On February 9, 2016, “This Man Will Almost Certainly Die: The Secret Deaths of Dozens at Privatized Immigrant-Only Jails” was reported by Amy Goodman and Juan Gonzalez of Democracy Now! The story sought to expose the harsh realities immigrant prisoners face in the United States. The topic of neglected immigrant prisoners in the United States is significant because it is a violation of human rights and reveals the ethical costs of privatizing prisons. Since March of 2016, the corporate press has ignored the story of “The Secret Deaths of Dozens at Privatized Immigrant-Only Jails”.
Goodman and Gonzalez’s interview with Wessler focused on the topic of three private companies running eleven immigrant-only prisons. These prisons operate under more relaxed rules and guidelines than the rest of the federal prison system. This allows them to cut costs, which greatly diminishes the quality of healthcare the prisoners receive if they are provided it at all.
This topic of immigrant-only prisons is significant because most people are not aware of what happens inside prisons or the effect they have on society. Most of the immigrants locked up in these private prisons are guilty of illegal reentry to the United States, an act that is normally considered a civil offense. However, since many of these immigrants come on their own to try to establish a life or job on behalf of their family, they do not have any connections in the U.S. to give them legal aid or support. The families of imprisoned immigrants usually are not informed of their loved one’s incarceration. Many go months or years without knowing where their family member is. In addition, the healthcare workers hired at the private prisoners are usually inexperienced to save costs. They are responsible for more than they are qualified to be held accountable for. Over one hundred Mexican immigrants have died in the past decade in these prisons due to malpractice.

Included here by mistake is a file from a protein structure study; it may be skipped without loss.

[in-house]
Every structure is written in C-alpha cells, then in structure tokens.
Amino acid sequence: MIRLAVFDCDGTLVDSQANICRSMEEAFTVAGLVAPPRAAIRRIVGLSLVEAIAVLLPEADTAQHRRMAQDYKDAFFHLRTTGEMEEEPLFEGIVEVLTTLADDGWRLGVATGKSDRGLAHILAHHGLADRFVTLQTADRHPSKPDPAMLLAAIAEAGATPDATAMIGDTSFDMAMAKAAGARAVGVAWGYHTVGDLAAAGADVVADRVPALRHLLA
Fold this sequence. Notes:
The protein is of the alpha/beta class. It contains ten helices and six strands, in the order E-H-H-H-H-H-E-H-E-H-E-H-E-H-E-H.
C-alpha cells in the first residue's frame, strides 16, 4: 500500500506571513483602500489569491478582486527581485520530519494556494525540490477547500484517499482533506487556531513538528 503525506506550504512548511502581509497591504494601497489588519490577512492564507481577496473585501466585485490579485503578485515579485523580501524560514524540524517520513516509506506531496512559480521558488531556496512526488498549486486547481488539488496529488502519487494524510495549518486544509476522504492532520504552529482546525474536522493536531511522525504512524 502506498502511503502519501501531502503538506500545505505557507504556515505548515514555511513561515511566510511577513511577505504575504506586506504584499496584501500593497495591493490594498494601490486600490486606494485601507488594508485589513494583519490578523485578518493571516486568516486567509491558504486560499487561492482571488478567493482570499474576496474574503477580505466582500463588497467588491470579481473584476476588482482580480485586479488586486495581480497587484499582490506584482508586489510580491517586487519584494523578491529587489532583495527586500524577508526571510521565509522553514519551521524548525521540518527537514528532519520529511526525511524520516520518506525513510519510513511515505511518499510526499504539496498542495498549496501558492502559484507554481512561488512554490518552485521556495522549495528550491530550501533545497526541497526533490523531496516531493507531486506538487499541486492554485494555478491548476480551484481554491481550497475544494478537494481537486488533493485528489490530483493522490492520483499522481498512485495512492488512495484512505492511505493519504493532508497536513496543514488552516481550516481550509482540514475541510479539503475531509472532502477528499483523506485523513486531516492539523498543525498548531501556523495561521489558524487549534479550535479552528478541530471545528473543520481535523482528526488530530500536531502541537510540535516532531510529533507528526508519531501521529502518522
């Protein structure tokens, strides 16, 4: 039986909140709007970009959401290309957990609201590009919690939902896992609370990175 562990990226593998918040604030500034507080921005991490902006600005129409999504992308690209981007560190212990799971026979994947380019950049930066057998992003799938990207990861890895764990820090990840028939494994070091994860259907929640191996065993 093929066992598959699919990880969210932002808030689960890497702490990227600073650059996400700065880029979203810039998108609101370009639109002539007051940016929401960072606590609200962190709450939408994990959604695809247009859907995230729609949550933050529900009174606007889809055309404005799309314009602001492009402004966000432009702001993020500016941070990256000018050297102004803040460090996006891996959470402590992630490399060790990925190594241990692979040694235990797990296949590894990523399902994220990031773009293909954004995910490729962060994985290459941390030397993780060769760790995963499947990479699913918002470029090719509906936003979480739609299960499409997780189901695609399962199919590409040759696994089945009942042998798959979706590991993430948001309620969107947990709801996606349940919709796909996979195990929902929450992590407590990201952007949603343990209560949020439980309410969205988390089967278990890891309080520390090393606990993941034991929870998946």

The corporate news coverage of “The Secret Deaths of Dozens at Privatized Immigrant-Only Jails” has been scant. The rhetoric from corporate media does not usually stray far from “illegal immigrants are bad because they cross the border illegally.” This type of circular thinking does not face the real problems within our immigration systems. Failing to examine individual stories, it tends to dehumanize these immigrants. . For example, Fox News published a bias-confirming piece describing the “wildly disproportionate number of murderers, rapists and drug dealers are crossing into the U.S,” yet admitted there are actually no comprehensive studies proving this claim. This depicts how immigrants simply trying to make a living are being targeted as criminals. Other media outlets, like CNN, have released articles exposing the costs of incarcerating immigrants and the statistics that these immigrants are, in fact, not more likely to commit crimes. This illustrates how immigrants being accused of atrocities such as murder and rape, are no more likely to commit a crime than the average American.
Private prisons have been discussed in the mainstream media, especially from economic standpoints, but not in the context of immigrant prisoner treatment. Independent investigators like Goodman, Gonzalez, and Wessler have exposed the unethical conditions immigrant prisoners are forced to be in. The public has a right and a need to know of the unnecessary deaths and inhuman conditions immigrants are facing.
Wessler, Seth Freed. “This Man Will Almost Certainly Die.” The Nation, January 28, 2016, http://www.thenation.com/article/privatized-immigrant-prison-deaths/.
Gonzalez, Juan and Goodman, Amy. “This Man Will Almost Certainly Die”: The Secret Deaths of Dozens at Privatized Immigrant-Only Jails.” 09 Feb 2016. Democracy Now!, http://www.democracynow.org/2016/2/9/this_man_will_almost_certainly_die.
Noble, Andrea. “With federal cooperation, illegals won’t set foot on free U.S. soil after mass prison release”. Washington Times, 11 Oct 2015, http://www.washingtontimes.com/news/2015/oct/11/illegal-immigrant-inmates-will-go-from-prison-to-d/?page=all.
Student Researchers: Alexandra Castillo (California Maritime Academy) and Justin Lascano, (Diablo Valley College)
Faculty Evaluator: Nolan Higdon (California Maritime Academy)